27 pharaceutical industry, of 12% per year. 19 Therefore, the annualized arginal cost of bringing an NCE to arket is expected to be (.12*($939 = $113 illion. This then yields our estiate of the annualized arginal expected private benefit. Step 4: Marginal Social Value of New Cheical Entities The last step is to infer the arginal social value, which theory predicts will exceed the private value to the innovator (although see the caveat in footnote 17. To estiate the social return, we ust estiate the fraction of social surplus captured by the innovator. Several estiates are available fro the literature. Based on data fro 1948 to 21, for exaple, Nordhaus (24 estiates that innovators capture just 2.2% of the total present value of social returns to innovation. In a pharaceutical context, Philipson and Jena (26 use data fro over 2 published studies of healthcare innovations to estiate the distribution of surplus-appropriation by pharaceutical innovators. They find that the edian producer share of social surplus is 17%, the first quartile is roughly 1% and the third quartile is roughly 25%. To be conservative, we assue that innovators are able to capture as uch as a quarter of the social surplus fro pharaceutical innovation. This paraeter yields an estiated social rate of return on pharaceutical R&D investents of 48% per year, four ties the estiated private return. This suggests that the annual social value of the arginal drug is equal to ($113 illion/(.25 = $452 illion. 19 The latest estiates of the cost of capital by industry are available online at Based on these data, we estiate the cost of capital for the pharaceutical industry to be 12% per year. This estiate of cost of capital is siilar to estiates of private rate of return on R&D investents in the pharaceutical industry (Grabowski, Vernon, and DiMasi,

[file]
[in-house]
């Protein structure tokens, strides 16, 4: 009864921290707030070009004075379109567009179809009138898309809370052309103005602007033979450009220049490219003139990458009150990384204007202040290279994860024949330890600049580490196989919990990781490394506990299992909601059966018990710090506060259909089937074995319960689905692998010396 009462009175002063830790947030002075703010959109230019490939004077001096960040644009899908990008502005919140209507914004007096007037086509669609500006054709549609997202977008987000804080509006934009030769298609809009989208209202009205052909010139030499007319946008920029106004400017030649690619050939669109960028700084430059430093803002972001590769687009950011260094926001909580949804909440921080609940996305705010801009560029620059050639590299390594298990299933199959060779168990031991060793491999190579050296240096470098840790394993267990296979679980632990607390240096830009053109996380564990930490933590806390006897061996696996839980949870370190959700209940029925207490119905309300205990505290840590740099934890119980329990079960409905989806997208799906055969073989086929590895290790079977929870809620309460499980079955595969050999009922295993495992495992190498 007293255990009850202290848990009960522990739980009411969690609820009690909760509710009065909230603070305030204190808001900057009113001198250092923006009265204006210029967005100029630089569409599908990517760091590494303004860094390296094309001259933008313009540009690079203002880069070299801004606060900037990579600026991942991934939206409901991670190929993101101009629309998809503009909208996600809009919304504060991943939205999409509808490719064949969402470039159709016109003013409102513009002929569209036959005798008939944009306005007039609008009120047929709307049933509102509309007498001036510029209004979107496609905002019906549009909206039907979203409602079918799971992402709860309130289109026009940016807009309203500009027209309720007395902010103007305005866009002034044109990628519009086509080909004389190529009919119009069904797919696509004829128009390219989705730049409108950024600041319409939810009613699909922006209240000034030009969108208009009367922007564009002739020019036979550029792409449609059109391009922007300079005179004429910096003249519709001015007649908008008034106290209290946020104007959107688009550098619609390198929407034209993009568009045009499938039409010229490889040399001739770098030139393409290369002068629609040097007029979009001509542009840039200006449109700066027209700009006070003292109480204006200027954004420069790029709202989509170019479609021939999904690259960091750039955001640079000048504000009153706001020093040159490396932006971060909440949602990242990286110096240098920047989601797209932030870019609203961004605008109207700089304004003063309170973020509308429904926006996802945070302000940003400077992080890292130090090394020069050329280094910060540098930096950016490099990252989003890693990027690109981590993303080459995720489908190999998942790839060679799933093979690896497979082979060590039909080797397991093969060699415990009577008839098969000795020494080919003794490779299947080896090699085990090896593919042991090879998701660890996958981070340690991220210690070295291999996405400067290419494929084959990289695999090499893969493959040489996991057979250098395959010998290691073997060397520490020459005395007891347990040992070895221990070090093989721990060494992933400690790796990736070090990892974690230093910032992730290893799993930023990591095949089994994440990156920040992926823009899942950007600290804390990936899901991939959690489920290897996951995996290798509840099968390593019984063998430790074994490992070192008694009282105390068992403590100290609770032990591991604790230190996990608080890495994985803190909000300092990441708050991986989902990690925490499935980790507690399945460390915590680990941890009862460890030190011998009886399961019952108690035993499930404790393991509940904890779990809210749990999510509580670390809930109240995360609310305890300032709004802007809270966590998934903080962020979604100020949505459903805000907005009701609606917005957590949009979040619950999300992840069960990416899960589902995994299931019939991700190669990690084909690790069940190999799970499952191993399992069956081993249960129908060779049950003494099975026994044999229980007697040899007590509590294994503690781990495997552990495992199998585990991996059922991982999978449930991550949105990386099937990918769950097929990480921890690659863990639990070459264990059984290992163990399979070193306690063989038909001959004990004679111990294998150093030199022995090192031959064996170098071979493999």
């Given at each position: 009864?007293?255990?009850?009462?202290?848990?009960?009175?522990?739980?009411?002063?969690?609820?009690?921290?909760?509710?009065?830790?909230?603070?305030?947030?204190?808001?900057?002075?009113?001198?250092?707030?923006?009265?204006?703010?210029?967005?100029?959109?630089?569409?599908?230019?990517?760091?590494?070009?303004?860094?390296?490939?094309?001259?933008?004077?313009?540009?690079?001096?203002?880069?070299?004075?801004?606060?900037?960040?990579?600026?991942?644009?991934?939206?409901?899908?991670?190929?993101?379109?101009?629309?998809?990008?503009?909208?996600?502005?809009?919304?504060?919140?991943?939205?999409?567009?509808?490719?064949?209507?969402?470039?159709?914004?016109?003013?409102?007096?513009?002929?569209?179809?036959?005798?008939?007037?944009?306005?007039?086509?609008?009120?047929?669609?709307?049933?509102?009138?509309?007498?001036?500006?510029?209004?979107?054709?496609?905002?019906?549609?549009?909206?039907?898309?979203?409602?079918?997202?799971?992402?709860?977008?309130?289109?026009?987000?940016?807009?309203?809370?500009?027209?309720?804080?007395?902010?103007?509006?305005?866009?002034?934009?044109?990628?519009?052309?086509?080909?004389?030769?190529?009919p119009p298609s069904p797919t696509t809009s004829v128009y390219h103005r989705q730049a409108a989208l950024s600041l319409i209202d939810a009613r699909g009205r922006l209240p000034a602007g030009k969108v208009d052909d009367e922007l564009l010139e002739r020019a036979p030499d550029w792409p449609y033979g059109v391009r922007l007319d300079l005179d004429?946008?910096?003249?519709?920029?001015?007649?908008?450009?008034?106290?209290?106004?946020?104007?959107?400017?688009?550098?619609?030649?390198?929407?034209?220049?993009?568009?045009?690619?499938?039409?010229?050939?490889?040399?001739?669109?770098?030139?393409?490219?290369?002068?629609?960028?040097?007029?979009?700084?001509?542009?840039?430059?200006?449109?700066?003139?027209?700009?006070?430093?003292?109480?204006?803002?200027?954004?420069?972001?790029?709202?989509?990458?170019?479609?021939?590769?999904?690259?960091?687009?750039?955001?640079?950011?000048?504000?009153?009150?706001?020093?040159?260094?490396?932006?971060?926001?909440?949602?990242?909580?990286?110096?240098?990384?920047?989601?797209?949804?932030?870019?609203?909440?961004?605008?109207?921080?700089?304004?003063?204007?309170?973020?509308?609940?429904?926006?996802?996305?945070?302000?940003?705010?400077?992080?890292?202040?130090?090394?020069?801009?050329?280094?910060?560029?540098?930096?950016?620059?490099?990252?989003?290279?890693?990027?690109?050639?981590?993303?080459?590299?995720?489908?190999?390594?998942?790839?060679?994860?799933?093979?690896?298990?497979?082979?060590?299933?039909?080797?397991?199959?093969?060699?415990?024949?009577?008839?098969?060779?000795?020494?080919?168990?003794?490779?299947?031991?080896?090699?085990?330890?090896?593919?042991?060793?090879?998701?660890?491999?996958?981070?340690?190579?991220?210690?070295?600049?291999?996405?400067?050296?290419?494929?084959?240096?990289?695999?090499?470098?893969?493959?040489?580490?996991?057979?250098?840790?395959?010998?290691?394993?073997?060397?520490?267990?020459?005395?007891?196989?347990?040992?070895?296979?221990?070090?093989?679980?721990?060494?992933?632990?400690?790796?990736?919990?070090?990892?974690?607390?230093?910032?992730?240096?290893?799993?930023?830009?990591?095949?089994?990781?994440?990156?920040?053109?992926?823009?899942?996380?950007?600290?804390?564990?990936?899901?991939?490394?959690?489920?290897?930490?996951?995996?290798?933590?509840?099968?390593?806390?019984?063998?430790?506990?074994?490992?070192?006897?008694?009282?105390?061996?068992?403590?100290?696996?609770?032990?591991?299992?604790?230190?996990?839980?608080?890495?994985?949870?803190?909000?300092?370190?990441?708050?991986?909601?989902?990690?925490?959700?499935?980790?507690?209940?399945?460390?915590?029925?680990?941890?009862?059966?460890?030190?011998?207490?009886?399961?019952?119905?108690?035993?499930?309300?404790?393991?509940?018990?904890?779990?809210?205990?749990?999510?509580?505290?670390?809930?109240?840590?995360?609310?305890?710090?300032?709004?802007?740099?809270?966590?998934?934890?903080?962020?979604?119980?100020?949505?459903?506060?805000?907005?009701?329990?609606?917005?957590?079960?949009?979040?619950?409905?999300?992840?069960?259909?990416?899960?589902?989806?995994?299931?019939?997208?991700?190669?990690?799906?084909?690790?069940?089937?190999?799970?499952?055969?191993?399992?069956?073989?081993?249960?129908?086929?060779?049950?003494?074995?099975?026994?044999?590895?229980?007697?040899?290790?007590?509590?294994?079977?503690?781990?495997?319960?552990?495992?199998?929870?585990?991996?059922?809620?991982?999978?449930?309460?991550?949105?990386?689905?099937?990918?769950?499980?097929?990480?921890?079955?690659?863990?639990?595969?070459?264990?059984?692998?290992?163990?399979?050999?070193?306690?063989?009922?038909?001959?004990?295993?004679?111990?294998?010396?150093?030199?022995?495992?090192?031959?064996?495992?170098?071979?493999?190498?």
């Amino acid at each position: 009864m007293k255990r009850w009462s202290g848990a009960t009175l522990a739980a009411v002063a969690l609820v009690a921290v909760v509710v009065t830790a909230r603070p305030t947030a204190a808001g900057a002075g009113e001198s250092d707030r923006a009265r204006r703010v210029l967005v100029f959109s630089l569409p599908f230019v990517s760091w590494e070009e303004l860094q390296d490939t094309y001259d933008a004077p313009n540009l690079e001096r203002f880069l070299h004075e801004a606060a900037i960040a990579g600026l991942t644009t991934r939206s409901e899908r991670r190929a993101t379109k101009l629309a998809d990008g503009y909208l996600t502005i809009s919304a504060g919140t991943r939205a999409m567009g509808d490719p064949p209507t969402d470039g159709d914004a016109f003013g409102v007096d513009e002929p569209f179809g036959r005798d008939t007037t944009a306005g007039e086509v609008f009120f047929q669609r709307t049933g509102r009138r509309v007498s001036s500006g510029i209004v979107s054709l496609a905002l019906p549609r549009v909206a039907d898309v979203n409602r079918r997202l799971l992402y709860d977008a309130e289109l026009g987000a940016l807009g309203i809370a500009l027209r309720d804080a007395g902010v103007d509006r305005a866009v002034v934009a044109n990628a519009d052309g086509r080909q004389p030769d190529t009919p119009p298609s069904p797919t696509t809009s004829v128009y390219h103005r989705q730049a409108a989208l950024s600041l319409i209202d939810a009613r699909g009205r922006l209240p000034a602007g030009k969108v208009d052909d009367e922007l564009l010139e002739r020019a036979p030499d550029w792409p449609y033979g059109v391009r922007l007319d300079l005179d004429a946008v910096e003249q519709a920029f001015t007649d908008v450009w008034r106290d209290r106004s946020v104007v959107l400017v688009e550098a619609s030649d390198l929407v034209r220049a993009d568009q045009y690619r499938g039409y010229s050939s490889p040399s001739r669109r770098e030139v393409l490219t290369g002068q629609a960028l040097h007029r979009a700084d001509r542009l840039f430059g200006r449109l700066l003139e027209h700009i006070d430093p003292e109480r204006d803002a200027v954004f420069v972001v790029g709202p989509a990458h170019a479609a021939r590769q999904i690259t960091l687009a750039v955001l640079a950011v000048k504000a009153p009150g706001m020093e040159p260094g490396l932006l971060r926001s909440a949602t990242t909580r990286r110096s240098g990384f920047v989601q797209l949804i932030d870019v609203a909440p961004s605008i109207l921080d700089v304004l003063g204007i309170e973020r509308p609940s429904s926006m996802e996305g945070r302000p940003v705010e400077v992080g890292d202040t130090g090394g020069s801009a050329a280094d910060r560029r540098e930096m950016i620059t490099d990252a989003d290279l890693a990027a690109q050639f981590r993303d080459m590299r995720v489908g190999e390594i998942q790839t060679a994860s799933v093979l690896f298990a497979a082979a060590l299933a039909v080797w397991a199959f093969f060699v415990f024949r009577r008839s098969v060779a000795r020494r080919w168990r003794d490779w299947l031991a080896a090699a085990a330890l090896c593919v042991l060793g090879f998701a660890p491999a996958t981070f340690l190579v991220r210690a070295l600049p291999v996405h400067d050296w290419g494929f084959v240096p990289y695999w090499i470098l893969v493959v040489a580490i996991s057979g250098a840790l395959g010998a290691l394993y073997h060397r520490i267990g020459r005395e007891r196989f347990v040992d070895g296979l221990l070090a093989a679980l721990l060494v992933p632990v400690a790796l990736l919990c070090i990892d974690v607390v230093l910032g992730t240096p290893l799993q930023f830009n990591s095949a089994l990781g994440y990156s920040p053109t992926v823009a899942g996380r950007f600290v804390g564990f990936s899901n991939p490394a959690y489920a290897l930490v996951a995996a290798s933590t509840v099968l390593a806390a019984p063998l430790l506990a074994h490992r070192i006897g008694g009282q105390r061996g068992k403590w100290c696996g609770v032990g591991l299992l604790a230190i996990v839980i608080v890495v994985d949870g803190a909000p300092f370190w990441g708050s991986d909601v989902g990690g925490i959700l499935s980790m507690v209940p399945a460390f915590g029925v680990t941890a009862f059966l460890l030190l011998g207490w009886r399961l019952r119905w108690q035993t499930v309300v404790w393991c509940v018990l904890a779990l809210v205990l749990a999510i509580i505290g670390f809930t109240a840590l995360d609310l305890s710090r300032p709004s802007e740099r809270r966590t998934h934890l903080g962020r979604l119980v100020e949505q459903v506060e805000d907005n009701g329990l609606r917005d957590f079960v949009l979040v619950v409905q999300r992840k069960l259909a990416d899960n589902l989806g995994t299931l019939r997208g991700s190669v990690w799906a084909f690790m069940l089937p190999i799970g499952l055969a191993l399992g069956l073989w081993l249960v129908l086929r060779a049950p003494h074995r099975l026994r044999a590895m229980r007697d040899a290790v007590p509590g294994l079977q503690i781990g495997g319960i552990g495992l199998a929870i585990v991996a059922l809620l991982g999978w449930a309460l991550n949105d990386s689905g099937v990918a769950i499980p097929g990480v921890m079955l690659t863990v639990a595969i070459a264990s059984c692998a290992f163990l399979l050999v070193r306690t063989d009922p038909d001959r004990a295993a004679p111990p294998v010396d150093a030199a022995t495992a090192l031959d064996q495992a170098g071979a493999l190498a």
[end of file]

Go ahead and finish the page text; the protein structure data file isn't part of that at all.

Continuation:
28 Gross Static and Dynaic Benefit of Part D Using the ethods described in Step 1 we estiate that Medicare Part D would increase pharaceutical sales by $15 billion per year. Given baseline pharaceutical sales of $275 billion in the US in 26, this corresponds to a 5.4% increase. The 3.5 innovation elasticity fro Aceoglu and Linn (24 then iplies that the nuber of new drugs per year would increase by roughly 19%, or 6.1 NCEs. Earlier, we calculated an annual social value of $452 illion for the arginal additional drug, which yields a gross dynaic benefit of $2.8 billion annually. Cobining the dynaic with the static benefit yields a gross risk-neutral welfare benefit for Medicare Part D of $6.3 billion annually. Deadweight Costs of Financing Medicare Part D It reains to copare the aggregate benefits of Part D with its social cost. The progra itself is just a costless transfer. However, since it is publicly financed, there are deadweight costs associated with its financing. The actuarial cost of the Medicare Part D insurance for a beneficiary who enrolls in the standard Part D plan is siply: ( σ ND σ D s Total _ Exp(1 σ D + (1 σ D Total _ Exp e (18 σ ND s is the subsidy provided by Medicare Part D and is estiated to be 75%. The first ter in the square brackets is the actuarial cost of the benefit under the initial deand for pharaceuticals and is siply the total cost of prescription drugs ties the plan share of costs. The second ter is the actuarial cost of the additional deand induced by Medicare Part D and is equal to the 26